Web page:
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Off Grid Zero Emissions Building (OGZEB) Wins 2011 Residential Energy Efficiency Award
OGZEB Building on FSU Campus
The award program, sponsored by the State and Local Energy Report, honors some of the country's best projects that leverage government funds to improve the efficiency of the country's housing stock.  The program goal is to provide a platform for solutions to residential energy usage while recognizing projects that are both innovative and replicable.
Shannon Ingersoll
OGZEB Manager

As a winner, the OGZEB is featured in the Spring edition of the State and Local Energy Report Magazine.  In addition to the award, OGZEB manager Shannon Ingersoll was invited to the National Home Performance Conference hosted by Affordable Comfort, Inc. in San Francisco, California where the OGZEB was recognized for the award.

For more information on the Off Grid Zero Emissions Building, please visit their website 

http://esc.fsu.edu/ogzeb.html.

 

 

 

 

 

 

 

 

 

 

 

 

 

 

Chapin Attends ORNL Sustainability Summit
     Created in 2008, the Sustainable Campus Initiative embodies Oak Ridge National Laboratory's (ORNL) efforts to achieve enduring sustainability in its facilities, operations, and organizational culture at the Lab. It grew from an aggressive ORNL campus modernization program that started in 2002; intertwines with a multitude of building, landscaping, and energy management efforts; and taps ORNL's world-class science and technology expertise. As a compliment to the Initiative, ORNL hosted a Sustainability Summit in March of this year. The summit covered strategies and technologies related to low-carbon power generation, grid-scale electric power, transportation and vehicles, building efficiency, as well as financial strategies.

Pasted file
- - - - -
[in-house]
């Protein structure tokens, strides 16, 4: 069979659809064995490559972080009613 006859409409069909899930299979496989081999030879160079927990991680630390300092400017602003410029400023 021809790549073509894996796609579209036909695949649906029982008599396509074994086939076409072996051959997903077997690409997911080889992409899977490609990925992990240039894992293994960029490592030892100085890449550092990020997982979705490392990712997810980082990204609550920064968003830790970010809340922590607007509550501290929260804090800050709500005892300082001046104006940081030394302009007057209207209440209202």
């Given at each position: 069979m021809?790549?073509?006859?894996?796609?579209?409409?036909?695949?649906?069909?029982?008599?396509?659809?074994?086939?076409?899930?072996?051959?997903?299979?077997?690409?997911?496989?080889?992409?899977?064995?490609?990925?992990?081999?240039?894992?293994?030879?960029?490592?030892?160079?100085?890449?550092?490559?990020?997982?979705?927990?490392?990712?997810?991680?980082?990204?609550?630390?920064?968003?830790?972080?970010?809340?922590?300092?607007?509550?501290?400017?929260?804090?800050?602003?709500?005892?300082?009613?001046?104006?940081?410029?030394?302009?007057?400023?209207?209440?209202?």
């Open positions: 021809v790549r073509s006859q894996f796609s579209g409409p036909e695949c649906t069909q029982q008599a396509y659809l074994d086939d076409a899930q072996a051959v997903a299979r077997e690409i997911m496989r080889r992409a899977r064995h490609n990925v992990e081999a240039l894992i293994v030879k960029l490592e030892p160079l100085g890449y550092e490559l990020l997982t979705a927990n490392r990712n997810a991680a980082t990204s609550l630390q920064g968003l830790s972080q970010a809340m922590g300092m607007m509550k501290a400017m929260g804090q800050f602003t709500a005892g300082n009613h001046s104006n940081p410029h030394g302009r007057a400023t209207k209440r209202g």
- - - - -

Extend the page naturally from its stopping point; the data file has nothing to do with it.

Dr. Tim Chapin

In attendance was Dr. Tim Chapin, Chair of the Department of Urban and Regional Planning at The Florida State University.  In reaction to the summit, he found the discussions about energy technologies surprisingly relevant to urban planning. He commented that the discussion began to address how to go beyond individual buildings to creating energy efficient neighborhoods.  For example, the summit showcased the concept of mini-nuclear reactors for neighborhoods which Dr. Chapin thought may have siting and permitting difficulties. Those who handle the siting of power plants could benefit a great deal by collaborating with planners and other social sciences professionals.

In his research, Dr. Chapin identifies the impacts of major changes to Florida's demographics in the next twenty years; changes that have the potential to impact energy consumption and development outcomes in the state. Presenting at the summit, he detailed the impacts of these demographic changes on the state. The retirement of the massive baby-boom generation, those born between 1946 and 1960, will yield increased demand for smaller homes, more compact development and communities supportive of a range of transportation modes.  These changes all offer opportunities for more sustainable energy use.